A new University of Minnesota study reveals that the release of treated municipal wastewater – even wastewater treated by the highest-quality treatment technology – can have a significant effect on the quantities of antibiotic-resistant bacteria, often referred to as “superbacteria,” in surface waters.

The study also suggests that wastewater treated using standard technologies probably contains far greater quantities of antibiotic-resistant genes, but this likely goes unnoticed because background levels of bacteria are normally much higher than the water studied in this research.

The new study is led by civil engineering associate professor Timothy LaPara in the University of Minnesota, Twin Cities College of Science and Engineering. The study is published in the most recent issue ofEnvironmental Science and Technology, a journal of the American Chemical Society. The research was part of a unique class project in a graduate-level civil engineering class at the University of Minnesota focused on environmental microbiology.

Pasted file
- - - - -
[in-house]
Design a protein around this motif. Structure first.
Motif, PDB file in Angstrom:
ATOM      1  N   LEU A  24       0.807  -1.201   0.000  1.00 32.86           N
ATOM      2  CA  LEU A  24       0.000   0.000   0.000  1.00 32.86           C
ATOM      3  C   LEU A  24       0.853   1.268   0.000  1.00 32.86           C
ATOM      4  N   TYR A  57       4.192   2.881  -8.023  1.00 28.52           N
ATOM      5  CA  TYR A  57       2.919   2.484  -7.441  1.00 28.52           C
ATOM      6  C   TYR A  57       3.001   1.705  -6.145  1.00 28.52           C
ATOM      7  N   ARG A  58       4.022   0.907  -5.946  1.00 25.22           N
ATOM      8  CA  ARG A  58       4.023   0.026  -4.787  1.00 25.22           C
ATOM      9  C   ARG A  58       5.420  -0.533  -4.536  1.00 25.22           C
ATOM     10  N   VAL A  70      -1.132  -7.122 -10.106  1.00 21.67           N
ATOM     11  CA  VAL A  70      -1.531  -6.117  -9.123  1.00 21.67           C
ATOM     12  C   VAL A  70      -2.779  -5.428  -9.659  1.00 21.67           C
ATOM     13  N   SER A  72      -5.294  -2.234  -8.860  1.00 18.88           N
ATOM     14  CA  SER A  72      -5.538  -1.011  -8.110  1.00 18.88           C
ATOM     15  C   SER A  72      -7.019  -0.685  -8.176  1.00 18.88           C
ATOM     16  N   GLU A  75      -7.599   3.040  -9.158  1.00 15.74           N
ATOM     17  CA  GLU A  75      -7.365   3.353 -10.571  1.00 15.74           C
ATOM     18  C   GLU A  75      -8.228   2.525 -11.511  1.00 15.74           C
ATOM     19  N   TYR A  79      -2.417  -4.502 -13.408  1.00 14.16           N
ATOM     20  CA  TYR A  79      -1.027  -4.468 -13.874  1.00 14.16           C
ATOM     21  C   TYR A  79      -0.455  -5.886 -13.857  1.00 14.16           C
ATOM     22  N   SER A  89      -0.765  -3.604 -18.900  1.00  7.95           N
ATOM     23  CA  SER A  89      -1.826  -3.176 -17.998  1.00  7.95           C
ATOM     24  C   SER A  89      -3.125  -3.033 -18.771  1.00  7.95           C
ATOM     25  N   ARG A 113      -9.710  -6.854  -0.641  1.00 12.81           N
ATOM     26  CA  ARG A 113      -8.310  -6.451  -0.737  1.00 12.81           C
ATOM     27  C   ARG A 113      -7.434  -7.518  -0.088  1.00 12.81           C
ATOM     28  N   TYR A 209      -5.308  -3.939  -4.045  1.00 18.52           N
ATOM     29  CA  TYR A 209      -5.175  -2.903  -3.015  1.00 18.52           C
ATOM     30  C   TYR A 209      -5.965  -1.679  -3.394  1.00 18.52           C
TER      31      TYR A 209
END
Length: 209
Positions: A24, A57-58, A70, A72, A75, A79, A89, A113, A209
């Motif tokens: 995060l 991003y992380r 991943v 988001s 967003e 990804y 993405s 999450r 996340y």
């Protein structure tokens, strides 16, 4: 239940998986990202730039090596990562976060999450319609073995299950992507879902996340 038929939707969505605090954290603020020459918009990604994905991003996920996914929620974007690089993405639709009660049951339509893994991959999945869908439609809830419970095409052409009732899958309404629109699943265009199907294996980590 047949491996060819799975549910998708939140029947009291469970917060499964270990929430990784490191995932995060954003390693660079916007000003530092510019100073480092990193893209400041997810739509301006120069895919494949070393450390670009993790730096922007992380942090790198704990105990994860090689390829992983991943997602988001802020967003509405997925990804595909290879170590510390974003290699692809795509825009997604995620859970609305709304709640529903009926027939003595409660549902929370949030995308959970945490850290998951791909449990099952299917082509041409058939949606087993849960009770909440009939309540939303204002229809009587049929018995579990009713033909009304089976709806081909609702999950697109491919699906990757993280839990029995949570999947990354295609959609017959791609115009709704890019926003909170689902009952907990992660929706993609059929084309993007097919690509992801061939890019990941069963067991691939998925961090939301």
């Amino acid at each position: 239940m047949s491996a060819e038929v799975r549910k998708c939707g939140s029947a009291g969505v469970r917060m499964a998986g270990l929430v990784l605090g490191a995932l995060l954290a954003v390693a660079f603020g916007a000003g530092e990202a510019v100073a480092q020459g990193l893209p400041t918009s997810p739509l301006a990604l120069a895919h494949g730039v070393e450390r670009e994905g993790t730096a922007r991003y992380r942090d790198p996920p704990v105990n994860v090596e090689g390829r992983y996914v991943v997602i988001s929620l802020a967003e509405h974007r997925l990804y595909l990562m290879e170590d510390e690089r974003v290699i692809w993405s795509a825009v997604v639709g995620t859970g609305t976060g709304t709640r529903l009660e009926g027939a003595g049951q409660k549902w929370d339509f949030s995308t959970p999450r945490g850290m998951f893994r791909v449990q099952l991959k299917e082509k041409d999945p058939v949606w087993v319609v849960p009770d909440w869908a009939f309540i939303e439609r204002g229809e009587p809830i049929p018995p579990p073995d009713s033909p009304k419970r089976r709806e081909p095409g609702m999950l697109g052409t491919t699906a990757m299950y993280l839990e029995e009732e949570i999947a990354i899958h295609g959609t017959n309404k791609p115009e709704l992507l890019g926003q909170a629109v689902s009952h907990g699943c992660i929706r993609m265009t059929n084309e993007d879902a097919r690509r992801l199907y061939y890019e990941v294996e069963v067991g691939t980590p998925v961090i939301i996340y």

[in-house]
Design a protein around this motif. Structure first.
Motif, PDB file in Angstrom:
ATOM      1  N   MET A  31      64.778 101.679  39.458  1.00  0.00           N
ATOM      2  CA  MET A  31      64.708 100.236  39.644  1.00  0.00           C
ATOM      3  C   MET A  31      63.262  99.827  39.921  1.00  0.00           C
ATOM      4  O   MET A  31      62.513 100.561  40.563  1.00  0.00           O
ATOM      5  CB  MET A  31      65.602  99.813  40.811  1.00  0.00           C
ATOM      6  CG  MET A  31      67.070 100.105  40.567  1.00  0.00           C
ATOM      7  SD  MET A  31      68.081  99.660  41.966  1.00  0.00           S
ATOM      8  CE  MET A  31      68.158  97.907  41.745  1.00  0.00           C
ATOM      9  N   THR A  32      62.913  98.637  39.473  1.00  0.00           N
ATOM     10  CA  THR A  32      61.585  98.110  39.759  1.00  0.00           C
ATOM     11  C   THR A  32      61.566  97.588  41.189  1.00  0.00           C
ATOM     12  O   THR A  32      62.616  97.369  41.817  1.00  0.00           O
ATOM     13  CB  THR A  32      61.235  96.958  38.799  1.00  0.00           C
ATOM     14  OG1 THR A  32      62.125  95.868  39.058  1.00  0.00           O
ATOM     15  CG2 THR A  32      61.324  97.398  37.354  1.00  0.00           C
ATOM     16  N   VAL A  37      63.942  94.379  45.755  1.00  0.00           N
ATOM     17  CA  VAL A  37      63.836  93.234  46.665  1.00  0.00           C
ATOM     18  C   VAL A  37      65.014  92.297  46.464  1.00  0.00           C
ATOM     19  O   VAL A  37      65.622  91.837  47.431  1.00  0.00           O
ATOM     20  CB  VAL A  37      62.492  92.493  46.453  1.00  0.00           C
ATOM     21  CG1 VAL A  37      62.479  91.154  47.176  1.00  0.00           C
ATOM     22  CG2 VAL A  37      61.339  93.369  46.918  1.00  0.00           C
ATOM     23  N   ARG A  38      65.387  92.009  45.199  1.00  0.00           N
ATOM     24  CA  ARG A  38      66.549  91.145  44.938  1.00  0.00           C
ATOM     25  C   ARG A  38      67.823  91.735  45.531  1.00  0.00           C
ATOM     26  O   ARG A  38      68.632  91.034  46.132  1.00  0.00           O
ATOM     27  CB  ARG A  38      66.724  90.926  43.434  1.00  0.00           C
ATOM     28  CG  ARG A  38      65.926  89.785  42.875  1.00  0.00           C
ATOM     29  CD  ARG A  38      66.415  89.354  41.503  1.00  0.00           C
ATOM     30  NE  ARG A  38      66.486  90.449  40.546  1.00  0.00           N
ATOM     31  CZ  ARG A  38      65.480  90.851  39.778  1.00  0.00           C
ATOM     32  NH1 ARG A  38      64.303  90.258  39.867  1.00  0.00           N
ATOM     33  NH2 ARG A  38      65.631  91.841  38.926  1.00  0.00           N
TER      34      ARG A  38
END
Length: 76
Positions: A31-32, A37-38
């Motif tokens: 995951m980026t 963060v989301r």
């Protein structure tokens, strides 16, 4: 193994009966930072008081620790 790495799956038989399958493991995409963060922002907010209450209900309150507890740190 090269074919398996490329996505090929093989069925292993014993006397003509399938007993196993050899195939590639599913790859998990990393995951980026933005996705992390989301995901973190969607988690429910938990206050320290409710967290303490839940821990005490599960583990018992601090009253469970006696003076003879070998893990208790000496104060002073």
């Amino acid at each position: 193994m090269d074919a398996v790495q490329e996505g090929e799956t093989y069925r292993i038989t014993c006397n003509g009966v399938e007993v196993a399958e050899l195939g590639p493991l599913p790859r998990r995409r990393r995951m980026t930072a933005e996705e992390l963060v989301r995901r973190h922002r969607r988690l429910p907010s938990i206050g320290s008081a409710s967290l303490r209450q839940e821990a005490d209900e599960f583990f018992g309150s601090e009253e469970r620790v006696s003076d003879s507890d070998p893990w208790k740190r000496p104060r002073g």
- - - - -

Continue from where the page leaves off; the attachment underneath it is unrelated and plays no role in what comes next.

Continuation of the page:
Read the article

November 16, 2011 Posted by | Consumer Health, Public Health | , , , , | Leave a comment

New free, hands-on tool supports sustainable living choices (nitrogen footprint measure)

New free, hands-on tool supports sustainable living choices (nitrogen footprint measure)

From the February 22 2011 Eureka news alert

People who want to eat healthy and live sustainably have a new way to measure their impact on the environment: a Web-based tool [http://n-print.org/sites/n-print.org/files/footprint_sql/index.html#/home] that calculates an individual’s “nitrogen footprint.” The device was created by University of Virginia environmental scientist James N. Galloway; Allison Leach, a staff research assistant at U.Va.; and colleagues from the Netherlands and the University of Maryland.

The calculator is a project of the International Nitrogen Initiative, a global network of scientists who share research and data on the nitrogen dilemma. The project was announced Feb. 19 at the annual meeting of the American Association for the Advancement of Science in Washington.